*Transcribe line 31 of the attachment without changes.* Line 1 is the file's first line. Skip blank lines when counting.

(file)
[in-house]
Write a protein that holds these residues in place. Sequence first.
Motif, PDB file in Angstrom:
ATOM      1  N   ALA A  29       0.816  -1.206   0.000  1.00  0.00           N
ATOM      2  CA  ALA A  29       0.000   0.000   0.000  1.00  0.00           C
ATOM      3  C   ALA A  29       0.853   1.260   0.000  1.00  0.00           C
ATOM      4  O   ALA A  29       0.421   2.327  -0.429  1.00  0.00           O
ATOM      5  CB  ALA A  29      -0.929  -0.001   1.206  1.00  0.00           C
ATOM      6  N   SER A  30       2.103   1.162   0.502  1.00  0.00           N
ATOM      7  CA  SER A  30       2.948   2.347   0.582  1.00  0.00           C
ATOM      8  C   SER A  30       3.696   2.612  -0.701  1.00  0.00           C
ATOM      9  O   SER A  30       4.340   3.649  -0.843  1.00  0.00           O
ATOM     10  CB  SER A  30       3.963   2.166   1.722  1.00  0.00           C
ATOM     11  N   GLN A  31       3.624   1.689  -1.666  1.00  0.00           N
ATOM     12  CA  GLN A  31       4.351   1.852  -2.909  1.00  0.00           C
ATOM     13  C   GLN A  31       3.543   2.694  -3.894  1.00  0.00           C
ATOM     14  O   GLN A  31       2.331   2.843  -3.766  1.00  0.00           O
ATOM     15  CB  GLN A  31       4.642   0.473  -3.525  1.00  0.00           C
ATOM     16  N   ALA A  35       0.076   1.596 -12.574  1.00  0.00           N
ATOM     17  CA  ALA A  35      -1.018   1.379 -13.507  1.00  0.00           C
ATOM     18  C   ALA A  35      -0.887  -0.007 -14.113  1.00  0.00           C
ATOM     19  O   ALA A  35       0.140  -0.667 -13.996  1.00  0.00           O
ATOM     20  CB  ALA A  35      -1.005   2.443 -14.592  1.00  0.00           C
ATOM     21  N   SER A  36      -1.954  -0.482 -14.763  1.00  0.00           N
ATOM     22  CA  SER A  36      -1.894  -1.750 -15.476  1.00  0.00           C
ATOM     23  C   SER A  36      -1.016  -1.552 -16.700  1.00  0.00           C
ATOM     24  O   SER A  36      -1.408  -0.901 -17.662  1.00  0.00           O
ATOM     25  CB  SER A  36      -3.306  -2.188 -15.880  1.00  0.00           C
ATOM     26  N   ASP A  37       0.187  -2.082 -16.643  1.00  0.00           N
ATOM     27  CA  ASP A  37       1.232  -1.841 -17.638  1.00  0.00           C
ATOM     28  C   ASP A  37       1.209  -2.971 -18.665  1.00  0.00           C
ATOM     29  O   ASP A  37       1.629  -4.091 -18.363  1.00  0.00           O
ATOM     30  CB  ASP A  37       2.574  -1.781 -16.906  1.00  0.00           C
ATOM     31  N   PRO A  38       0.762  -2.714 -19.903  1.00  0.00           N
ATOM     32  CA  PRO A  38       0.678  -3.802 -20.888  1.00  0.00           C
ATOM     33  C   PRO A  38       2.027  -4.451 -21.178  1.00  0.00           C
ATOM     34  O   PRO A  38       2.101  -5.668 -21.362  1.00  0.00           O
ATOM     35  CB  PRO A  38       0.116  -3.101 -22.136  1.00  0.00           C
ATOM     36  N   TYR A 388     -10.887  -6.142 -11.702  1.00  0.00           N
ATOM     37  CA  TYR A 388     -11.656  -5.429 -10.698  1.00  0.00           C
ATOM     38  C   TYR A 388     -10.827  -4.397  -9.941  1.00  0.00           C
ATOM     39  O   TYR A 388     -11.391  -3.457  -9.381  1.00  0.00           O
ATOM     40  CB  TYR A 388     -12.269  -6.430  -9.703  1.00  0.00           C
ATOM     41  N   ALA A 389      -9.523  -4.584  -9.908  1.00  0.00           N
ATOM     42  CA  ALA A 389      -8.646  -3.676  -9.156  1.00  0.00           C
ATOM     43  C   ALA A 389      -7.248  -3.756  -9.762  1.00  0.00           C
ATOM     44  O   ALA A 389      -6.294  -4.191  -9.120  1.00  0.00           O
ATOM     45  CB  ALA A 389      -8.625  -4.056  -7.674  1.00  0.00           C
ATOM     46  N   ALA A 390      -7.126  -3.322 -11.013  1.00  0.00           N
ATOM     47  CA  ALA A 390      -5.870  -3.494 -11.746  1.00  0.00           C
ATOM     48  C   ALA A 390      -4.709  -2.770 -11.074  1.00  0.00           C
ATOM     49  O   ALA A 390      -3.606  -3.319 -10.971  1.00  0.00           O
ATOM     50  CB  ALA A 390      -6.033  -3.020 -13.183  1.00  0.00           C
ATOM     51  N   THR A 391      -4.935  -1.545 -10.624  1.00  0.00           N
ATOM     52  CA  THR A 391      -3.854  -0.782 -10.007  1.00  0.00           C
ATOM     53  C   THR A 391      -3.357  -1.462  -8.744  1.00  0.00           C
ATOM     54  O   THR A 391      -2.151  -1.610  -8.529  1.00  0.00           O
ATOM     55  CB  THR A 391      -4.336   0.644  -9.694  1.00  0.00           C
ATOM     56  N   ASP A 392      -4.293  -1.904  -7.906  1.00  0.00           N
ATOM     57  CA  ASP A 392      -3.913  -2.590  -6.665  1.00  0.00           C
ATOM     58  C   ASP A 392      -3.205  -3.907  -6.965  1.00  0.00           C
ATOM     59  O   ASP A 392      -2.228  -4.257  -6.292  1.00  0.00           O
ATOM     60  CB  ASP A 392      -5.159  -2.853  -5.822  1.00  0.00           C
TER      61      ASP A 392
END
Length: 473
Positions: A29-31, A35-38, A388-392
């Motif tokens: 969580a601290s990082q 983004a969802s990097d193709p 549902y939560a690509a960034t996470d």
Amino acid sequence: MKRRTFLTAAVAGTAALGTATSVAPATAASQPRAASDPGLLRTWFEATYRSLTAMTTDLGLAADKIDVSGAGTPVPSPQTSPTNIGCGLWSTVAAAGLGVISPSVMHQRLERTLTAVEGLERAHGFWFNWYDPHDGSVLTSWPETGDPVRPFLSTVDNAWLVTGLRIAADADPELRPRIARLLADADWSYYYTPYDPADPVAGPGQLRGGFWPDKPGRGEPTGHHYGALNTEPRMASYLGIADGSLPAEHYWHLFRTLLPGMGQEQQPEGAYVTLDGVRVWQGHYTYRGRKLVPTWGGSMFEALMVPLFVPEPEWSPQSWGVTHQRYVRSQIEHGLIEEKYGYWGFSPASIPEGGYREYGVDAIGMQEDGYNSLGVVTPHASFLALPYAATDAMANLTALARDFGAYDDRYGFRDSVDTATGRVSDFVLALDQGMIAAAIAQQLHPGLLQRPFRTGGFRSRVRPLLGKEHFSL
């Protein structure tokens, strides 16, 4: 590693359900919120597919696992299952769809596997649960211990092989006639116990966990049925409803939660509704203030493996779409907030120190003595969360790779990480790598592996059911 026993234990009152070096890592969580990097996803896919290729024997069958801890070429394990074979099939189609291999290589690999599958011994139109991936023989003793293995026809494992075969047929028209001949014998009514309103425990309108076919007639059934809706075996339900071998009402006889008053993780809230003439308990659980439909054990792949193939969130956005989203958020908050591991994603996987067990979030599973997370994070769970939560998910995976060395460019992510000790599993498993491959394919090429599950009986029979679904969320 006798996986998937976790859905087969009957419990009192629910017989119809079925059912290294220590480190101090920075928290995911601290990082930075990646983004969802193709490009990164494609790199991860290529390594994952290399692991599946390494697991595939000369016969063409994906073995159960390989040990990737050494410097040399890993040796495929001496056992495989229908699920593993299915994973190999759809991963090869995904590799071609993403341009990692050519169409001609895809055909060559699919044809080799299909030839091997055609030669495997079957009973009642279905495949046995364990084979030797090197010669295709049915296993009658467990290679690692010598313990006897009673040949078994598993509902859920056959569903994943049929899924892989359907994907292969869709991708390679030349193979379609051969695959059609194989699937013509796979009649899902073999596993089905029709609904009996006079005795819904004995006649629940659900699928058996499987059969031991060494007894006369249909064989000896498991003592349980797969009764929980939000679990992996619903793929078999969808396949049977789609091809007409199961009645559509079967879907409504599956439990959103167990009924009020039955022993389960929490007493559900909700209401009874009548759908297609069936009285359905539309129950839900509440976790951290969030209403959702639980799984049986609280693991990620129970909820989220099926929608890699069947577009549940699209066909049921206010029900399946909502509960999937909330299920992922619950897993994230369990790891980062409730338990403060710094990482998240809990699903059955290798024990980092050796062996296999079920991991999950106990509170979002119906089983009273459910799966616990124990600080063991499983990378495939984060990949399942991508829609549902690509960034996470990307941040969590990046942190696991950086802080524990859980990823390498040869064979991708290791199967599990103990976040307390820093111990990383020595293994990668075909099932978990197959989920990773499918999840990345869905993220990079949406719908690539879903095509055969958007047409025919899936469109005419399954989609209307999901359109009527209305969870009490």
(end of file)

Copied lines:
ATOM     28  C   ASP A  37       1.209  -2.971 -18.665  1.00  0.00           C